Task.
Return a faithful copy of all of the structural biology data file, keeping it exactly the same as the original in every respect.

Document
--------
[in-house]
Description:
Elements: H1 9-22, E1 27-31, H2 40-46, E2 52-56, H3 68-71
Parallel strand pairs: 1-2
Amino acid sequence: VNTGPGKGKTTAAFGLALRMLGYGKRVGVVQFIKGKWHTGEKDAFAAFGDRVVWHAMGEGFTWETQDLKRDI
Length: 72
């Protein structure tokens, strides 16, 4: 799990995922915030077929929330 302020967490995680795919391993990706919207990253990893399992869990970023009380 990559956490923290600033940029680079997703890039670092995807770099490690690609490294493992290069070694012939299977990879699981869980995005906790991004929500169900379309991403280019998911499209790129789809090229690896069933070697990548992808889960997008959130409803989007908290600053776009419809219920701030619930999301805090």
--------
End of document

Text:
[in-house]
Description:
Elements: H1 9-22, E1 27-31, H2 40-46, E2 52-56, H3 68-71
Parallel strand pairs: 1-2
Amino acid sequence: VNTGPGKGKTTAAFGLALRMLGYGKRVGVVQFIKGKWHTGEKDAFAAFGDRVVWHAMGEGFTWETQDLKRDI
Length: 72
């Protein structure tokens, strides 16, 4: 799990995922915030077929929330 302020967490995680795919391993990706919207990253990893399992869990970023009380 990559956490923290600033940029680079997703890039670092995807770099490690690609490294493992290069070694012939299977990879699981869980995005906790991004929500169900379309991403280019998911499209790129789809090229690896069933070697990548992808889960997008959130409803989007908290600053776009419809219920701030619930999301805090």